Life insurance companies charged customers for expired policies, sold policies that people could not legally use, and have had poor systems and attitudes for fixing complaints and mistakes, a report shows.
The Financial Markets Authority (FMA) and Reserve Bank (RBNZ) have issued a damning report into how 16 insurance companies have done business, which concludes they put sales and profits ahead of customers.
"Overall the report shows the life insurance sector in a poor light. Life insurers have been complacent about considering conduct risk, too slow to make changes following previous FMA reviews," FMA's chief executive Rob Everett said.
The report showed some instances of misconduct that might warrant legal action, although no widespread pattern through the industry. It did not identify the companies concerned.
More broadly, the report cited examples of consumers not being told of higher charges, increased risks, or reduced benefits and coverage when they renewed or changed their life and health insurance policies.
It also found examples of policies being sold to overseas residents who were not eligible to claim on them, premiums charged when policies expired, or people being charged for two policies when they switched or upgraded.
The regulators said insurance companies generally did not put the interests of customers first, did not concentrate on selling people the right product, had poor systems and poorly trained staff to handle complaints or oversee risks.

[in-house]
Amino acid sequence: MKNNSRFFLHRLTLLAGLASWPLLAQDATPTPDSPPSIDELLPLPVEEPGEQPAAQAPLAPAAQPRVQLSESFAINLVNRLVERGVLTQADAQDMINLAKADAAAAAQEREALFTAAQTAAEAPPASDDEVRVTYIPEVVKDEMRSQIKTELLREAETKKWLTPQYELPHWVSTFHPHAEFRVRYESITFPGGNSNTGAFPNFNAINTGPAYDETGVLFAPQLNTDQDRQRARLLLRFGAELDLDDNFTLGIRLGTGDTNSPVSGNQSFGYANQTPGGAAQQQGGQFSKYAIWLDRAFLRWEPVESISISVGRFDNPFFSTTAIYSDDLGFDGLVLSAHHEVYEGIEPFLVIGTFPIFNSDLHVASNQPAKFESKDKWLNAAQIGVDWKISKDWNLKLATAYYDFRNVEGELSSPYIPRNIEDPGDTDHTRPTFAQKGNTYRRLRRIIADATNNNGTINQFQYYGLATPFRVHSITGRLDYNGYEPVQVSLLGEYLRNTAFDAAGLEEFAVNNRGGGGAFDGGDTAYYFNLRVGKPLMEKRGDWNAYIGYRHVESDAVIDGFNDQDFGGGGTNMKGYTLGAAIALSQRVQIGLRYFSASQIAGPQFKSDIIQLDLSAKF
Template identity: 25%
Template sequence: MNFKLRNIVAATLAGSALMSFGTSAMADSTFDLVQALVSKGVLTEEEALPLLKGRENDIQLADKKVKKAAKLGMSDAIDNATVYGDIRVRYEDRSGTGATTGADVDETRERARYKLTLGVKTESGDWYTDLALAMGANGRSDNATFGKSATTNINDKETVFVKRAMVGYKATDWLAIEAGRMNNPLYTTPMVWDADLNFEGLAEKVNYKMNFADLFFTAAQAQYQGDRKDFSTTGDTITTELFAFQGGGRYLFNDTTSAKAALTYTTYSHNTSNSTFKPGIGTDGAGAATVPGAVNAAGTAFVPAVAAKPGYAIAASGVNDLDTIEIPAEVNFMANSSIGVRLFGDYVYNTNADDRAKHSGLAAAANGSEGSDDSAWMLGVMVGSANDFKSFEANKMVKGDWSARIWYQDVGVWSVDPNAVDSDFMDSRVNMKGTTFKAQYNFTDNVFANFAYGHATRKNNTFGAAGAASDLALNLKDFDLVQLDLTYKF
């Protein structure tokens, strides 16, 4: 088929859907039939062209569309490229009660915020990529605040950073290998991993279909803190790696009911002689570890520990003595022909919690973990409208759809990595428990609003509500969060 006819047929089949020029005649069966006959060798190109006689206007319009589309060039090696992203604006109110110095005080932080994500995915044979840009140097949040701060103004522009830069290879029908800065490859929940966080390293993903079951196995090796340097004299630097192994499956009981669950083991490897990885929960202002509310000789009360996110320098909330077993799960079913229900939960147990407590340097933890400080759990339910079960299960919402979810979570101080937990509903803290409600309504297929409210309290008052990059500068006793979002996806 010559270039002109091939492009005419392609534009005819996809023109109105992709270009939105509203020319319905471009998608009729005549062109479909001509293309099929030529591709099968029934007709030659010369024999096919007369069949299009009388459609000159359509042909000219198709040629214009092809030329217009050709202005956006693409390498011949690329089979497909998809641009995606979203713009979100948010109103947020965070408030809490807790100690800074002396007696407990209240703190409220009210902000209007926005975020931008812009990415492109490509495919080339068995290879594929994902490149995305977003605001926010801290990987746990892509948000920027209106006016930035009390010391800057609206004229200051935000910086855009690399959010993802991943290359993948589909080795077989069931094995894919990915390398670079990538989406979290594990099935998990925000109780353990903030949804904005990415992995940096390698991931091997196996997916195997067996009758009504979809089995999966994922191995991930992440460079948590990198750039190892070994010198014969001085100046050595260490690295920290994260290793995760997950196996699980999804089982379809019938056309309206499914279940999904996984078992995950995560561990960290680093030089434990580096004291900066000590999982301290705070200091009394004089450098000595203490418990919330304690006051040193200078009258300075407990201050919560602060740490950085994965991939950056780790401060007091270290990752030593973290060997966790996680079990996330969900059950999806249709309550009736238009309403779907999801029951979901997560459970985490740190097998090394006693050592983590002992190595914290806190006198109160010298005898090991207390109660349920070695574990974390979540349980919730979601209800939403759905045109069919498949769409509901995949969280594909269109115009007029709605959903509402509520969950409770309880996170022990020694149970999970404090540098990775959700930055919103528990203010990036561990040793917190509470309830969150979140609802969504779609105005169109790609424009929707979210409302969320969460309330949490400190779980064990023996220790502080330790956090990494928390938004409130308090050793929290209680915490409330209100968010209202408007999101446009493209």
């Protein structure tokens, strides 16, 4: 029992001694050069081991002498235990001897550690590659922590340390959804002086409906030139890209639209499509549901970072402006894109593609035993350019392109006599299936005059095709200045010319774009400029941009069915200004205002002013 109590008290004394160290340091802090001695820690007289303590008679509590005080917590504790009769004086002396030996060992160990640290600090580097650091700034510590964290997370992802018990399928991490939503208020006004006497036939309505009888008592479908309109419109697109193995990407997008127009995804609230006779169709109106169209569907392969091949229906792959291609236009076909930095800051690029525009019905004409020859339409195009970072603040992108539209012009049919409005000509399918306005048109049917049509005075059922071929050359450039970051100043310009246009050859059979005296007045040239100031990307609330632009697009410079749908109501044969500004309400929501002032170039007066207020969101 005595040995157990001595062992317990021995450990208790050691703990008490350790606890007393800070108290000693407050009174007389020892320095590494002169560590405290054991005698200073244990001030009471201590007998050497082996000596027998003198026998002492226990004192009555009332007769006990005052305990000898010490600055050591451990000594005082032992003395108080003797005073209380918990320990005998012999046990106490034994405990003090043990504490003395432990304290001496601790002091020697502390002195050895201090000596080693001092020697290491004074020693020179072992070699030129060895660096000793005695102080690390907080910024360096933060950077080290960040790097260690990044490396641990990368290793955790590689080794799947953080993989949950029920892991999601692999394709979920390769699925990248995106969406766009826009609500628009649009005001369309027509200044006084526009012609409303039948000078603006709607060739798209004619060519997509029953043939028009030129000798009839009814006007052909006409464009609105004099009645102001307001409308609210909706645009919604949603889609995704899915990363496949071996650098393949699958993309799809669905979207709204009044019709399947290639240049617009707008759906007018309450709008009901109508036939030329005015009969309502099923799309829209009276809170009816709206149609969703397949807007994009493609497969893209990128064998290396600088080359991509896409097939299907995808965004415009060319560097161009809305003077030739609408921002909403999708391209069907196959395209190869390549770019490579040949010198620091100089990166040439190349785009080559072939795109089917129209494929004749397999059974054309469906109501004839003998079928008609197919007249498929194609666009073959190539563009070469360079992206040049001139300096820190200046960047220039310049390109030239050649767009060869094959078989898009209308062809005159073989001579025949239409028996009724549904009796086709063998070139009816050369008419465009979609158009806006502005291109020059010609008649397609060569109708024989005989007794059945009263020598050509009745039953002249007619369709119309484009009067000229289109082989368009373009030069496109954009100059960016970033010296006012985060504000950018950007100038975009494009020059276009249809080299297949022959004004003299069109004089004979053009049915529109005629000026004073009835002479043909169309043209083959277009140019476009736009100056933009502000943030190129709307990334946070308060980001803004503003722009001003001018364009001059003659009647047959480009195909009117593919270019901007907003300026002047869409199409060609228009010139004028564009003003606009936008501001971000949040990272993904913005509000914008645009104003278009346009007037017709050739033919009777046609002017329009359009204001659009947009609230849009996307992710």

"The industry must act urgently and undergo major change to address these weaknesses, as their services are vulnerable to misconduct and the escalation of issues that have been seen in other countries," RBNZ Governor Adrian Orr said.
The FMA criticised the industry last year for paying millions of dollars in commission, as well as lavish holidays and other perks, to third-party agents selling their policies without tackling issues of possible conflict, disclosure, or whether the products sold were appropriate.
The latest report said many companies still had an attitude of caring more about the agents selling their policies than the consumer buying them, and if there were problems then it was up to the agents to fix them.
Parliament is currently looking at law changes to require better practices and standards of financial advisers, which is expected to answer many of the concerns raised by the report.
The Financial Services Council, which covers the life insurance industry, has previously acknowledged the sector's failings and brought in a code of conduct, which has a range of sanctions ranging from a reprimand to fines of up to $100,000.
The FMA and the RBNZ have given the companies until the middle of the year to show they are making changes.